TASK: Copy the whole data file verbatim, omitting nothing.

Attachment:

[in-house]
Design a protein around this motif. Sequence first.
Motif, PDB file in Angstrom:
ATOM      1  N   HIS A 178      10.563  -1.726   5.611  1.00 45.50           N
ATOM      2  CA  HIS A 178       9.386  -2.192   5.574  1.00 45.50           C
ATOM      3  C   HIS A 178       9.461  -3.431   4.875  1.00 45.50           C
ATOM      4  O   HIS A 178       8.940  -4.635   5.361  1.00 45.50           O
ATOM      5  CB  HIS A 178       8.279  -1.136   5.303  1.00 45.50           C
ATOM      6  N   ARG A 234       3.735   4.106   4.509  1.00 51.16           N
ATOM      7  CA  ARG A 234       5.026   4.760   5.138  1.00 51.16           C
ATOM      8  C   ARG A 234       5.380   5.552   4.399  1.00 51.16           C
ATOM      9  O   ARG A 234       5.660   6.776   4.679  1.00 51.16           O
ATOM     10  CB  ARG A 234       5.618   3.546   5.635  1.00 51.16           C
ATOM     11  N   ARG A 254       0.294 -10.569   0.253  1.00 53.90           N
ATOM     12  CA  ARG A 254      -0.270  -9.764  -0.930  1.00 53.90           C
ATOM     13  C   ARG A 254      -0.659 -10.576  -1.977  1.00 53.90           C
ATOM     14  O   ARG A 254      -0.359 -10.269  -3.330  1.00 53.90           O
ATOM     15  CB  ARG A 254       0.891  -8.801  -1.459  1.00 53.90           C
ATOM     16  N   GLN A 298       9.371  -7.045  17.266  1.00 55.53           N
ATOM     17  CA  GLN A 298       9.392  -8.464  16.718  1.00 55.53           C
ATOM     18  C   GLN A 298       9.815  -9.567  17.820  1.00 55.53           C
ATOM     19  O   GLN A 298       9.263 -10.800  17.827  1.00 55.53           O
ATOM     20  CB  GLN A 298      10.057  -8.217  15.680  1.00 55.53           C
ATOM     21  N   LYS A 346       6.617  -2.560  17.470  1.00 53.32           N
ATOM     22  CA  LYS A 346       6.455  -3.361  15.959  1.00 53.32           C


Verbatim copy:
[in-house]
Design a protein around this motif. Sequence first.
Motif, PDB file in Angstrom:
ATOM      1  N   HIS A 178      10.563  -1.726   5.611  1.00 45.50           N
ATOM      2  CA  HIS A 178       9.386  -2.192   5.574  1.00 45.50           C
ATOM      3  C   HIS A 178       9.461  -3.431   4.875  1.00 45.50           C
ATOM      4  O   HIS A 178       8.940  -4.635   5.361  1.00 45.50           O
ATOM      5  CB  HIS A 178       8.279  -1.136   5.303  1.00 45.50           C
ATOM      6  N   ARG A 234       3.735   4.106   4.509  1.00 51.16           N
ATOM      7  CA  ARG A 234       5.026   4.760   5.138  1.00 51.16           C
ATOM      8  C   ARG A 234       5.380   5.552   4.399  1.00 51.16           C
ATOM      9  O   ARG A 234       5.660   6.776   4.679  1.00 51.16           O
ATOM     10  CB  ARG A 234       5.618   3.546   5.635  1.00 51.16           C
ATOM     11  N   ARG A 254       0.294 -10.569   0.253  1.00 53.90           N
ATOM     12  CA  ARG A 254      -0.270  -9.764  -0.930  1.00 53.90           C
ATOM     13  C   ARG A 254      -0.659 -10.576  -1.977  1.00 53.90           C
ATOM     14  O   ARG A 254      -0.359 -10.269  -3.330  1.00 53.90           O
ATOM     15  CB  ARG A 254       0.891  -8.801  -1.459  1.00 53.90           C
ATOM     16  N   GLN A 298       9.371  -7.045  17.266  1.00 55.53           N
ATOM     17  CA  GLN A 298       9.392  -8.464  16.718  1.00 55.53           C
ATOM     18  C   GLN A 298       9.815  -9.567  17.820  1.00 55.53           C
ATOM     19  O   GLN A 298       9.263 -10.800  17.827  1.00 55.53           O
ATOM     20  CB  GLN A 298      10.057  -8.217  15.680  1.00 55.53           C
ATOM     21  N   LYS A 346       6.617  -2.560  17.470  1.00 53.32           N
ATOM     22  CA  LYS A 346       6.455  -3.361  15.959  1.00 53.32           C